- The respondent is 30 years of age, born on [redacted], and was aged 27 years at the time of the conduct. The respondent first obtained registration as a registered nurse on 28 December 2011. From August 2014, the respondent was employed as a registered nurse in the emergency department of a South East Queensland public hospital (“the Hospital”). The respondent has a long history of physical health problems. In the aftermath of a failed trial of new medications for one of her physical health problems, she became increasingly despondent and depressed. She had a fall, fractured her wrist and was prescribed oxycodone. The respondent found that the oxycodone had a positive psychotropic effect on her depression and consequently began to abuse oxycodone and developed a substance use disorder involving opiates.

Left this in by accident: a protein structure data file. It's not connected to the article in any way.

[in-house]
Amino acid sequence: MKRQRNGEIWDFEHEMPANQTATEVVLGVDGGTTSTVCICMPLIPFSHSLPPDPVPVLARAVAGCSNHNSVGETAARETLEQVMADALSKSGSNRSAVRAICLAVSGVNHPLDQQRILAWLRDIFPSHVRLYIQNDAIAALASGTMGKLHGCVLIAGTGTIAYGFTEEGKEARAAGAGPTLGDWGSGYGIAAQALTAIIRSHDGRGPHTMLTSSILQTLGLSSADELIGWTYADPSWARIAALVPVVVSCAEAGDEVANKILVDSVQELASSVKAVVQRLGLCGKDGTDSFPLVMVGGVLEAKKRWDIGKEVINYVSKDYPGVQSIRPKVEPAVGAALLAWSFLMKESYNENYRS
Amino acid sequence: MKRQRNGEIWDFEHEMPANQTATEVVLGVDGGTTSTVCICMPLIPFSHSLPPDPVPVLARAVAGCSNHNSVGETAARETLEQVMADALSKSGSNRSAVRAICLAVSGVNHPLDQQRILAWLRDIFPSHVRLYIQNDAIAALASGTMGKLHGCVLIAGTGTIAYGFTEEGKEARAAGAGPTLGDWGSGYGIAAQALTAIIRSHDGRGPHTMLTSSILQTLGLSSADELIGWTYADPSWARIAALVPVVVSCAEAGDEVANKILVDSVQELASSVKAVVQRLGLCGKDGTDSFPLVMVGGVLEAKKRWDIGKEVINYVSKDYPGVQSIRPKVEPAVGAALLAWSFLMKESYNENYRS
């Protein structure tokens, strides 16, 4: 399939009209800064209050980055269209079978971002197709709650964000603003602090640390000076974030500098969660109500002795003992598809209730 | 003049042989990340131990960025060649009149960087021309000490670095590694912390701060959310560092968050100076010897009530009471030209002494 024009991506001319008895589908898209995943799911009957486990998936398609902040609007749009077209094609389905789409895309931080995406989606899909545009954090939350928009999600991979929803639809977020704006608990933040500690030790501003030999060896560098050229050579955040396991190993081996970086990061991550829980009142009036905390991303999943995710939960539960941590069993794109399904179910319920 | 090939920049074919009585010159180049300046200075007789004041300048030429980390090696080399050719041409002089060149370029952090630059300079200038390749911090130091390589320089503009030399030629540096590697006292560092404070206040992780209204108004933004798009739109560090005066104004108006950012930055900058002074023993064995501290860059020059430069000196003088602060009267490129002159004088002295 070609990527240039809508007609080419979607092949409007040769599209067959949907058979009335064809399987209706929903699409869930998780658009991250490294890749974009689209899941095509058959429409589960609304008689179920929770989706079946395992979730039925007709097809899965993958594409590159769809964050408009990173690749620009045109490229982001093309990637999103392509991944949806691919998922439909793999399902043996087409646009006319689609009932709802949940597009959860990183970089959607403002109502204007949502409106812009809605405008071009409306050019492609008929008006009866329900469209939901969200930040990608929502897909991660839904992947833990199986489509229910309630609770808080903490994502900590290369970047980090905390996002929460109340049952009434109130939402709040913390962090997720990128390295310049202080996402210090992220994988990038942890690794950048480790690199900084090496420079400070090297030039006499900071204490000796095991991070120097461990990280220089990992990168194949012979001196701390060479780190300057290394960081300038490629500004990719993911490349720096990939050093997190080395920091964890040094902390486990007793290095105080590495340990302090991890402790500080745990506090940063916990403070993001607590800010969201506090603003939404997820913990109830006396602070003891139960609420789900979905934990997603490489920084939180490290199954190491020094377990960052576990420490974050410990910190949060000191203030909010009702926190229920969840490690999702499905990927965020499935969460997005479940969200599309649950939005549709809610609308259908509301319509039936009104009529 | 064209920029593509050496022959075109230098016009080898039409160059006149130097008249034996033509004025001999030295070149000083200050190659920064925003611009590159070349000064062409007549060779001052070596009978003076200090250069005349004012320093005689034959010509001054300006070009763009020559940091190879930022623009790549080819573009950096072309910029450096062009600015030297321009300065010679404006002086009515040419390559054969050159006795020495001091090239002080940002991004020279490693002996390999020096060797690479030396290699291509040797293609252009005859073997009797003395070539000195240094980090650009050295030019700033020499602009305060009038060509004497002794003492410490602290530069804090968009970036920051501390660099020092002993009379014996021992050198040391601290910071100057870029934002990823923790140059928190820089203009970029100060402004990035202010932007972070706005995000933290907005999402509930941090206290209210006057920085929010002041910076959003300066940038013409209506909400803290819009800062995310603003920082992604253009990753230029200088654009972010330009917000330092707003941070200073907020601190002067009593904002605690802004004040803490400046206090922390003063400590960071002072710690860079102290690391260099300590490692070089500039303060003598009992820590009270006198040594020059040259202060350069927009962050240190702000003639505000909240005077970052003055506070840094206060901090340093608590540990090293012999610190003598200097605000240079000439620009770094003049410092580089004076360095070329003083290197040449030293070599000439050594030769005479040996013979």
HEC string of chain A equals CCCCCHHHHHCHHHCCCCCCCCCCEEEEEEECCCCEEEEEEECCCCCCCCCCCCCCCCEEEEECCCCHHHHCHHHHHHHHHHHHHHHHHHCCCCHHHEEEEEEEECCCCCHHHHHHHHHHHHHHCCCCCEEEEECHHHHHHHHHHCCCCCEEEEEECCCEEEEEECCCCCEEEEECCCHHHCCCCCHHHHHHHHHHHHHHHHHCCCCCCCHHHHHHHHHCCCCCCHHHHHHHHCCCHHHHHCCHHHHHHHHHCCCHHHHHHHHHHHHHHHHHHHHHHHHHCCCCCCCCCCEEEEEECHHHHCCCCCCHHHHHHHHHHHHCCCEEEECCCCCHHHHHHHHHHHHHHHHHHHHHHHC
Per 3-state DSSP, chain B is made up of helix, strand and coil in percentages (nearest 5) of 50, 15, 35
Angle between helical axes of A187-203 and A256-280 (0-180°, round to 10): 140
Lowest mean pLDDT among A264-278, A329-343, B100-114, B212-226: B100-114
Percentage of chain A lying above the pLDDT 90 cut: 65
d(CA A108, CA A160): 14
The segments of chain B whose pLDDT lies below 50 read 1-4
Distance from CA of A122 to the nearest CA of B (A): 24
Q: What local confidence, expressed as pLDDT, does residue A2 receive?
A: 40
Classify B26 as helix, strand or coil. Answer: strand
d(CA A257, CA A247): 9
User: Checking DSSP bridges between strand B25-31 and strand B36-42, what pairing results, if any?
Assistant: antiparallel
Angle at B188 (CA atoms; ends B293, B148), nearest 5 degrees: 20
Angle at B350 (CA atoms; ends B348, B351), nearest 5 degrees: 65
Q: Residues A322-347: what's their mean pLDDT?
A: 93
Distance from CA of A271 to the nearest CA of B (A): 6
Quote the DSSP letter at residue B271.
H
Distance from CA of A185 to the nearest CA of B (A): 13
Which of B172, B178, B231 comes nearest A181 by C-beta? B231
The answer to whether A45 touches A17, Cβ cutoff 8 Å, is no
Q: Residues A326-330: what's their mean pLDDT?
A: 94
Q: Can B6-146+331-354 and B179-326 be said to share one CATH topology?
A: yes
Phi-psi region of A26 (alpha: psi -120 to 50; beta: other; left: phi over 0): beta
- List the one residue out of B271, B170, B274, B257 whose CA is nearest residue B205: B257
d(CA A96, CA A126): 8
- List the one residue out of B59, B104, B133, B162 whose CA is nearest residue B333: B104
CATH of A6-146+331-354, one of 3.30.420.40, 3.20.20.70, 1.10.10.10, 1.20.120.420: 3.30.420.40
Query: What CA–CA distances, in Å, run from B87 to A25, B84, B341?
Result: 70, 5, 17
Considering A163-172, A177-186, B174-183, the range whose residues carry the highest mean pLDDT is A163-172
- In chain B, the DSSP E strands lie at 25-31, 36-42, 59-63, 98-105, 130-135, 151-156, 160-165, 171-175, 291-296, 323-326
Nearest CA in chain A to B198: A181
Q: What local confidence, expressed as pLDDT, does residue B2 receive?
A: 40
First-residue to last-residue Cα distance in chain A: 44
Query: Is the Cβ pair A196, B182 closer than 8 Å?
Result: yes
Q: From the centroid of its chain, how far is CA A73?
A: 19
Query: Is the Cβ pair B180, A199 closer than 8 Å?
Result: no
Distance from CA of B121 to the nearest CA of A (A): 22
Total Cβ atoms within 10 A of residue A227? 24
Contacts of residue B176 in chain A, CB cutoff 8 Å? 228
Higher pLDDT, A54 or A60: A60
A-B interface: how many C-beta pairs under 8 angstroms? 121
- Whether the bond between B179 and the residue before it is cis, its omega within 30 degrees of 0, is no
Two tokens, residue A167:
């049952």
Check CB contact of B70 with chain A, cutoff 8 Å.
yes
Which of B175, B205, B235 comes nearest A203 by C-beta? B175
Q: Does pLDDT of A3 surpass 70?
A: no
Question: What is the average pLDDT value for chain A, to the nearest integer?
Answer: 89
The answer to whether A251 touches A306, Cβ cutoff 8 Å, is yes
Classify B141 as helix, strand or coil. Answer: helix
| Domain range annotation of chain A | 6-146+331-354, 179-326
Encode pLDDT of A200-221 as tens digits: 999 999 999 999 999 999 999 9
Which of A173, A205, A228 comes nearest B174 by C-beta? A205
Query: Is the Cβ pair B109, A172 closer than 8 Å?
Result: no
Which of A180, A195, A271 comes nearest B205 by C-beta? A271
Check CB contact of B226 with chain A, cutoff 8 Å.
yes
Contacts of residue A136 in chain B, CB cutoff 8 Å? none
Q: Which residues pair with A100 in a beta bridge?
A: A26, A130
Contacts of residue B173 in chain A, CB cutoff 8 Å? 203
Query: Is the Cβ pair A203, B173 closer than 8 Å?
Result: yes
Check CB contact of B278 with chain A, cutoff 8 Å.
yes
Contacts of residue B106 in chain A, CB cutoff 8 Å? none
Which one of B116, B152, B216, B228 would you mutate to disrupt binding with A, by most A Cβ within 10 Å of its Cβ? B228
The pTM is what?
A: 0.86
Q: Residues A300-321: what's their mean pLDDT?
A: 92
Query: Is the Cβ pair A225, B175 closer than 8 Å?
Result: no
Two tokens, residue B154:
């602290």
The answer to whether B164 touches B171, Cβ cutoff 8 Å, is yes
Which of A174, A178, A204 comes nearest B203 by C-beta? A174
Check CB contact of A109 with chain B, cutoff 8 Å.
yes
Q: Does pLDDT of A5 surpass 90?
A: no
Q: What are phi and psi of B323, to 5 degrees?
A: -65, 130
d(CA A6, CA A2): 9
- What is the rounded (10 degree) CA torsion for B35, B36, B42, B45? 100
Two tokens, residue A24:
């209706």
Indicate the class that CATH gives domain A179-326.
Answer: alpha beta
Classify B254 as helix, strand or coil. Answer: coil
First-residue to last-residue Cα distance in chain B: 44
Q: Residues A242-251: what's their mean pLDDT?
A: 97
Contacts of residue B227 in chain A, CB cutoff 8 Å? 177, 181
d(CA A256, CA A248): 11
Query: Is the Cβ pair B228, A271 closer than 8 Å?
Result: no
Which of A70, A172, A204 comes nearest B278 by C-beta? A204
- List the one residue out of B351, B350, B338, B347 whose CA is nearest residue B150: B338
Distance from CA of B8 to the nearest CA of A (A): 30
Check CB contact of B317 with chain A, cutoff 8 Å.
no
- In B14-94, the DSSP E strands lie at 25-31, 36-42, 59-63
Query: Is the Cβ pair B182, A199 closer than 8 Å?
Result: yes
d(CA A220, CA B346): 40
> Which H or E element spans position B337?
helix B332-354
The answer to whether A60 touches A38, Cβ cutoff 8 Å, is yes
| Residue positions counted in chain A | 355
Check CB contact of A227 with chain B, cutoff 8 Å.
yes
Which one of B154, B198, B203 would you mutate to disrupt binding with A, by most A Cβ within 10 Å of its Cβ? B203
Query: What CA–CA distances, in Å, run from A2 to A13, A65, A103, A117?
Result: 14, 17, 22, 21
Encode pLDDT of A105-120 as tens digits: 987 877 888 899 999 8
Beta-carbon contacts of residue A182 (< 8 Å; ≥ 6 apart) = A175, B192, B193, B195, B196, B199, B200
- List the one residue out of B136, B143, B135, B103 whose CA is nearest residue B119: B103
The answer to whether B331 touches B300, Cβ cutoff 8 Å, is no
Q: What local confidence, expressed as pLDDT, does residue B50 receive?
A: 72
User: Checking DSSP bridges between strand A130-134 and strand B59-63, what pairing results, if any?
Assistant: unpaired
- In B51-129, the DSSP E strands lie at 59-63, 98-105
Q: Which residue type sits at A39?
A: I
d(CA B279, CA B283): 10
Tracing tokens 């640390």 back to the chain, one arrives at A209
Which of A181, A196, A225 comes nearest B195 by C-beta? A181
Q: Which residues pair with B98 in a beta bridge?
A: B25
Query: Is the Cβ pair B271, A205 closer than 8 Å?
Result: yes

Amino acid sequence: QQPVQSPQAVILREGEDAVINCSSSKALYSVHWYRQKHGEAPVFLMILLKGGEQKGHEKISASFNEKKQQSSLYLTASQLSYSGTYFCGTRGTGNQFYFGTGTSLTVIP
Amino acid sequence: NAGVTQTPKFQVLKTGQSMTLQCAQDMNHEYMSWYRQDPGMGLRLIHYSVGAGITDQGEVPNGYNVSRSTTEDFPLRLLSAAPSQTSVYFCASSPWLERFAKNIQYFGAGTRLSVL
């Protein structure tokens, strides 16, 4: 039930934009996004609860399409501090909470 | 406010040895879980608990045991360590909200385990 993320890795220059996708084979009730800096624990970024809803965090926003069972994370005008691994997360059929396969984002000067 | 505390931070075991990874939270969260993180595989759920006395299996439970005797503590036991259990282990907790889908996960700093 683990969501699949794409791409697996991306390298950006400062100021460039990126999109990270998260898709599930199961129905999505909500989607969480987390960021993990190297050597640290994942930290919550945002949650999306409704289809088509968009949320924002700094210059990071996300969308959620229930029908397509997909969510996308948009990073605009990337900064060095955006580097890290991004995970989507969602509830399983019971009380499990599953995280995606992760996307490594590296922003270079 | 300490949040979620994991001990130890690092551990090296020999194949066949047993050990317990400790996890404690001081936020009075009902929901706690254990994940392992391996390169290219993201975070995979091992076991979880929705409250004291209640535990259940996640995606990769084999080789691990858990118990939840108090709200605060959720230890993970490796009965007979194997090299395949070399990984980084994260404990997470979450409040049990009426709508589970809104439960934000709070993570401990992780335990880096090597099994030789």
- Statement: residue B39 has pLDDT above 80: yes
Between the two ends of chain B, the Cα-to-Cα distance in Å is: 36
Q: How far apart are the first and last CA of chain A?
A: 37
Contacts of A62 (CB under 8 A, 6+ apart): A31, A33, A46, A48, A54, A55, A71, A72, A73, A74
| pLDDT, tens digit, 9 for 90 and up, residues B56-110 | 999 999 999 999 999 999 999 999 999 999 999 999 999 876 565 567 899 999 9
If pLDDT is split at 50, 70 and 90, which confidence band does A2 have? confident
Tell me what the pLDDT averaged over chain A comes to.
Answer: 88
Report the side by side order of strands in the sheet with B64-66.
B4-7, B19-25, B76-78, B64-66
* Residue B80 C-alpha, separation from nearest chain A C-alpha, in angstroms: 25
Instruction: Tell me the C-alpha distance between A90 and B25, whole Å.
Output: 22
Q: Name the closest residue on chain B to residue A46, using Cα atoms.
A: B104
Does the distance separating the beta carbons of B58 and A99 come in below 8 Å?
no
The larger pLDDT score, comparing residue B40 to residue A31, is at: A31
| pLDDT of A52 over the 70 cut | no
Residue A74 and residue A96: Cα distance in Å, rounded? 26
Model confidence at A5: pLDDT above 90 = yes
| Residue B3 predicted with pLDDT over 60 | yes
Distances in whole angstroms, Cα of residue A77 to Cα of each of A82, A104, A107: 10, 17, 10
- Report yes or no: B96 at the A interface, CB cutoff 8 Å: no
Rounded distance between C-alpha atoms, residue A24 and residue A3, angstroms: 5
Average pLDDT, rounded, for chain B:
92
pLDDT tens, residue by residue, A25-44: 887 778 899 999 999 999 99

- Sometime before 21 November 2016, the respondent stole a number of pre-authorised prescription sheets from the Hospital. During the period from 21 November 2016 to 27 December 2016, the respondent obtained medications by presentation of forged prescriptions to pharmacists. She obtained a total of 240 5mg tablets of oxycodone, 20 tablets of paracetamol/codeine, fentanyl patches and a quantity of propranolol hydrochloride.
- The respondent’s conduct came to light when some concerned pharmacists made inquiries of the ostensible prescribing doctors at the Hospital and contacted the Queensland Police Service on 28 December 2016. The respondent was suspended from her employment at the Hospital on the same day. On 31 December 2016, the respondent was charged with criminal offences relating to the obtaining of medication by the forged prescriptions. On 17 May 2017, the respondent appeared in the Beenleigh Magistrates Court and pleaded guilty to offences of stealing, fraud and forgery and uttering, constituted by her conduct in obtaining medications by way of the forged prescriptions stolen from her employer. She was placed on a six month probation order with no conviction recorded.